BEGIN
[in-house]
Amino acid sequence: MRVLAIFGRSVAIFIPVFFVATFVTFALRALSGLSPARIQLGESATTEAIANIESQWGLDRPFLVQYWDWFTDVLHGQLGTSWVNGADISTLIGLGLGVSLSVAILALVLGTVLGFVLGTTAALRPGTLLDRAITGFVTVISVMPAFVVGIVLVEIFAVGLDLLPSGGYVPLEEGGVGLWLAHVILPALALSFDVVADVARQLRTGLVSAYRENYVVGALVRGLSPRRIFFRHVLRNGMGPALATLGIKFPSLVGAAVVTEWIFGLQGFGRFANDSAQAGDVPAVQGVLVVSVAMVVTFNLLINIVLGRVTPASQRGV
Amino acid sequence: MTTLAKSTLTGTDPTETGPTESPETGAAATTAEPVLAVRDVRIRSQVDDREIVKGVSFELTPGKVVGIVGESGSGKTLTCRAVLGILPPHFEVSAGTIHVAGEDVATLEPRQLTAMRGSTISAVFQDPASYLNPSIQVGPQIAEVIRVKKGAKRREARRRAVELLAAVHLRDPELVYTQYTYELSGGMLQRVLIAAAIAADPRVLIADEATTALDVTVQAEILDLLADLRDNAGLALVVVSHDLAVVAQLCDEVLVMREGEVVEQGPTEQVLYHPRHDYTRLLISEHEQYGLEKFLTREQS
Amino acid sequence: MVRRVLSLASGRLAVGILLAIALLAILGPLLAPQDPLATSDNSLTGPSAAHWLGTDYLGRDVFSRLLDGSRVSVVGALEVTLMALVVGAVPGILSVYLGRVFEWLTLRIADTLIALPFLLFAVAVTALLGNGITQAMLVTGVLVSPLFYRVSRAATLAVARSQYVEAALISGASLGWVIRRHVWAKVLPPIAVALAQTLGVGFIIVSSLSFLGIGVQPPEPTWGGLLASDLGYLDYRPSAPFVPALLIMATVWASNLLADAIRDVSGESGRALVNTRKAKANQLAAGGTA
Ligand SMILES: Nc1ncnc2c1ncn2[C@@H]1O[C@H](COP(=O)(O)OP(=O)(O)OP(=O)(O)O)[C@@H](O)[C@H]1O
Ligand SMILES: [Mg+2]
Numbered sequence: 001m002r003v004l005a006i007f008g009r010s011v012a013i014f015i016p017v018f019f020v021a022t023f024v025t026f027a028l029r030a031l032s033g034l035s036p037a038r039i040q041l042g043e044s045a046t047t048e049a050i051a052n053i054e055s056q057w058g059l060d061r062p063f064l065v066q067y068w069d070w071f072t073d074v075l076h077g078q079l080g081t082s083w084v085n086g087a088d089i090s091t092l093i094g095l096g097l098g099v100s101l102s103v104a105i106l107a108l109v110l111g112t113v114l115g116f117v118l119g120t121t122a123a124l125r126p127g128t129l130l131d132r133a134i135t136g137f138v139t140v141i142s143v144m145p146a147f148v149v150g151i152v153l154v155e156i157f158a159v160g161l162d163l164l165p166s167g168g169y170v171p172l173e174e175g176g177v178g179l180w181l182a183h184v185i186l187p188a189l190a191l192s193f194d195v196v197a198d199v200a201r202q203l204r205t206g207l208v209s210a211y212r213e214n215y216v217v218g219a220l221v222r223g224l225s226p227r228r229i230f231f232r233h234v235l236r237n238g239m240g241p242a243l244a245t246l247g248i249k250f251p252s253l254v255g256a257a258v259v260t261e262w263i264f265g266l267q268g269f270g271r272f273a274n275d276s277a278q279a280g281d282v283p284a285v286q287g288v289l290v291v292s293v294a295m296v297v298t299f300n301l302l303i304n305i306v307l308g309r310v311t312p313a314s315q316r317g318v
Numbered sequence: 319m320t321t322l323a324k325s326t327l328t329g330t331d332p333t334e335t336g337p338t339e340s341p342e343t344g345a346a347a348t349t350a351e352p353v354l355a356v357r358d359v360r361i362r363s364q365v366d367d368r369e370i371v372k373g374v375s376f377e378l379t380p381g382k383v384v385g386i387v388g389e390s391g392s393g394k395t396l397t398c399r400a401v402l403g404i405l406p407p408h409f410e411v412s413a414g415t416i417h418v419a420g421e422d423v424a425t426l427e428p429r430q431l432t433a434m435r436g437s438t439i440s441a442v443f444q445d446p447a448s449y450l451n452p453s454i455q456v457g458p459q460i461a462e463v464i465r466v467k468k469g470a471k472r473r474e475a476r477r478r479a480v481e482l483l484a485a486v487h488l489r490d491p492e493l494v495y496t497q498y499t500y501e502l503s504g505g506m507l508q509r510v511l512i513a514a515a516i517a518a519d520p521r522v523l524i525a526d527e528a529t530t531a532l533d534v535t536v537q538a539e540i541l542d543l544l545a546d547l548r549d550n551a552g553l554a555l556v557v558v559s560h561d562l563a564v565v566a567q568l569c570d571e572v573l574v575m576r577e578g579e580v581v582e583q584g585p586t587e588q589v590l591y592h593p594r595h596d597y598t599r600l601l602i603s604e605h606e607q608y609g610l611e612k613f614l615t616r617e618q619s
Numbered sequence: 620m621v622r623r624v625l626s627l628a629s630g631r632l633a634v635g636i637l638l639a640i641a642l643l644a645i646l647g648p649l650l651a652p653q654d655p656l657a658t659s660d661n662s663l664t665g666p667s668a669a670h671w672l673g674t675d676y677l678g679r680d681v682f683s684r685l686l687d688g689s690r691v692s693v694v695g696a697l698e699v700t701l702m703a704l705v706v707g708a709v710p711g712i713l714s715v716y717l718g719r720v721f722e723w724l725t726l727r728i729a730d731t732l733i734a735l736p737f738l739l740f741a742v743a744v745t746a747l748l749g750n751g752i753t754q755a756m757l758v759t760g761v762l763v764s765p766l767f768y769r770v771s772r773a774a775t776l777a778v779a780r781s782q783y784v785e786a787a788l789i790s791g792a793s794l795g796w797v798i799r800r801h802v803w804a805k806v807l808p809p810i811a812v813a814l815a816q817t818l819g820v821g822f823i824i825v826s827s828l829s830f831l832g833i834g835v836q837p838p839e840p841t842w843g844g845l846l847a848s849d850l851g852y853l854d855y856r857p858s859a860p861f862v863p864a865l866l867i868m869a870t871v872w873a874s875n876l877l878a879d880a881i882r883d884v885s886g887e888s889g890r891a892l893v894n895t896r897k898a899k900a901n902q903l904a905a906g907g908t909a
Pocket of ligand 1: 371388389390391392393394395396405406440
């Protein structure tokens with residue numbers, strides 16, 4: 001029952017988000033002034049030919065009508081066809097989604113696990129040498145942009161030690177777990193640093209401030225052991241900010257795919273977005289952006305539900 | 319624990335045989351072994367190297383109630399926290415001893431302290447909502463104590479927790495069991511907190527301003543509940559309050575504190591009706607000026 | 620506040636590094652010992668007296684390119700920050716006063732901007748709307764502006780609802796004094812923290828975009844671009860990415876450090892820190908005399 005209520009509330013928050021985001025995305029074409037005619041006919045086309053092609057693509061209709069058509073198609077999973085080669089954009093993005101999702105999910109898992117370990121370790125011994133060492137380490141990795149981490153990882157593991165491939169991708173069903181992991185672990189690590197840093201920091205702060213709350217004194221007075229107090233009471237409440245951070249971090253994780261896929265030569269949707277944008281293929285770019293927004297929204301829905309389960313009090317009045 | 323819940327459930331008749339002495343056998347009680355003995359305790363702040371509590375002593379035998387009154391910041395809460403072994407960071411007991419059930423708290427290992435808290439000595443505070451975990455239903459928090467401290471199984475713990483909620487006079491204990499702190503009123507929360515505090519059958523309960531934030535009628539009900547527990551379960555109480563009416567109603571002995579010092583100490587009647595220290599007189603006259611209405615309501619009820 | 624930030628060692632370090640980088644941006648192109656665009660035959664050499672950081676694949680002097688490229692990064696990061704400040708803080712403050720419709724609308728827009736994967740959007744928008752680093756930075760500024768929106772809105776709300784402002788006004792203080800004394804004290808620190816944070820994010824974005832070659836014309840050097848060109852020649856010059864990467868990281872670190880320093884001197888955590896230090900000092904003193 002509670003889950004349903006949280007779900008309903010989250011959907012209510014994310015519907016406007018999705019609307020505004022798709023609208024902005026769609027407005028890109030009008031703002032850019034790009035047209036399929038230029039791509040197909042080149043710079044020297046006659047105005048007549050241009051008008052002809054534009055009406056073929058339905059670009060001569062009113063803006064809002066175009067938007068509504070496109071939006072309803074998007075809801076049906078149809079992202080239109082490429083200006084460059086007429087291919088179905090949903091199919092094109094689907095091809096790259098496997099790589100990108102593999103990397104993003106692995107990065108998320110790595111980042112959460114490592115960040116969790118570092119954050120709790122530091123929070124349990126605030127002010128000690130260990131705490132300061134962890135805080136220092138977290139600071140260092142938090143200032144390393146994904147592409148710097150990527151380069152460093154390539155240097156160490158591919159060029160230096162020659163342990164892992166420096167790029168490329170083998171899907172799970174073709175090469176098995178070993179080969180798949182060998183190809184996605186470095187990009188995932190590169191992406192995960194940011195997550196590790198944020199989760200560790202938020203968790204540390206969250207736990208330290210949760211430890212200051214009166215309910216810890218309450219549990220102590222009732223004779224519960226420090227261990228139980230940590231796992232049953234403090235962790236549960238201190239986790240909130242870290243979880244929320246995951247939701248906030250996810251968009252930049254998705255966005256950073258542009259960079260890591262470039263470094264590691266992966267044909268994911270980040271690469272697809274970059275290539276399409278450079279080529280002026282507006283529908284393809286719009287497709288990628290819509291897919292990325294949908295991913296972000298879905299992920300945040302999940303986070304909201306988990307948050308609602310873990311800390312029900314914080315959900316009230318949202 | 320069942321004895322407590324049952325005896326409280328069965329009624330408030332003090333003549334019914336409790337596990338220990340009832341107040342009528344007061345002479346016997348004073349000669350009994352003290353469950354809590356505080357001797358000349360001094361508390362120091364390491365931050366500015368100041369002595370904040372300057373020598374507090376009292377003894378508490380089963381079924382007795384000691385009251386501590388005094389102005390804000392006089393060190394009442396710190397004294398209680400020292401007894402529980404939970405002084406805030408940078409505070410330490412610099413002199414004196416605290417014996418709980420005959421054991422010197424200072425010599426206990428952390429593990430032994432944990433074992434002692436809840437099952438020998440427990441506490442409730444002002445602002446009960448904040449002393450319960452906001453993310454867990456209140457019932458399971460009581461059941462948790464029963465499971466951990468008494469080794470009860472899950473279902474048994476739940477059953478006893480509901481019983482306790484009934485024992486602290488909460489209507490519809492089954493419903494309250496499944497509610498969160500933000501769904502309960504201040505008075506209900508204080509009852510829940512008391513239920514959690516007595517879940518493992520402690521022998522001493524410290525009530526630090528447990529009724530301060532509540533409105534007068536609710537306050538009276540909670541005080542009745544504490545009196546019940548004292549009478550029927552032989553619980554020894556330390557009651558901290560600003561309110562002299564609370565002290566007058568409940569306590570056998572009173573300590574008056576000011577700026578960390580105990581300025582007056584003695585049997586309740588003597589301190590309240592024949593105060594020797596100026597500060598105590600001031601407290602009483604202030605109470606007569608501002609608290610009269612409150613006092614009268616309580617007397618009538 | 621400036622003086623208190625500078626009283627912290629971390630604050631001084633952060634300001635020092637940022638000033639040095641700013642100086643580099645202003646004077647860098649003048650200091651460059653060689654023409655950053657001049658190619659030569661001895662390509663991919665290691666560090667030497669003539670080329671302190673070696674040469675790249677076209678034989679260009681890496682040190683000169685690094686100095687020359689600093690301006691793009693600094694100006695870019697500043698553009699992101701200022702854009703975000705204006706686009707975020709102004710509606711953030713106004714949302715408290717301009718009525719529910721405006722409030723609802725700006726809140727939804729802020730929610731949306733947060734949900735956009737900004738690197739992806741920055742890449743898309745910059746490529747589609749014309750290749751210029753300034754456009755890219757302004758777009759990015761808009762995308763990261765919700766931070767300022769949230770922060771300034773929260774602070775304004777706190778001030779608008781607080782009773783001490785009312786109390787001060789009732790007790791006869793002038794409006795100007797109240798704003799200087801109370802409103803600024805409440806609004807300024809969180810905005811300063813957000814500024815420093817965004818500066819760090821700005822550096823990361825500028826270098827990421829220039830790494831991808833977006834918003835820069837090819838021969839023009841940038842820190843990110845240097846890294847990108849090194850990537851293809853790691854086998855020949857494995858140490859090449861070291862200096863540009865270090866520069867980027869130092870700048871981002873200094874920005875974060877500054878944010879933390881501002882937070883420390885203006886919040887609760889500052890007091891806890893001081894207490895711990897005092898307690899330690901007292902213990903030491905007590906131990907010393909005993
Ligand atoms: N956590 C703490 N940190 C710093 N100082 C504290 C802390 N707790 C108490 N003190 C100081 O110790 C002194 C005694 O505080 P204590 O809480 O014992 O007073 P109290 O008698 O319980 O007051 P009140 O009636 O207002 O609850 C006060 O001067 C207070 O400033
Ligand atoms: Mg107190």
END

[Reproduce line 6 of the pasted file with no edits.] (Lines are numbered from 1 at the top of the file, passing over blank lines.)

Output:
Ligand SMILES: [Mg+2]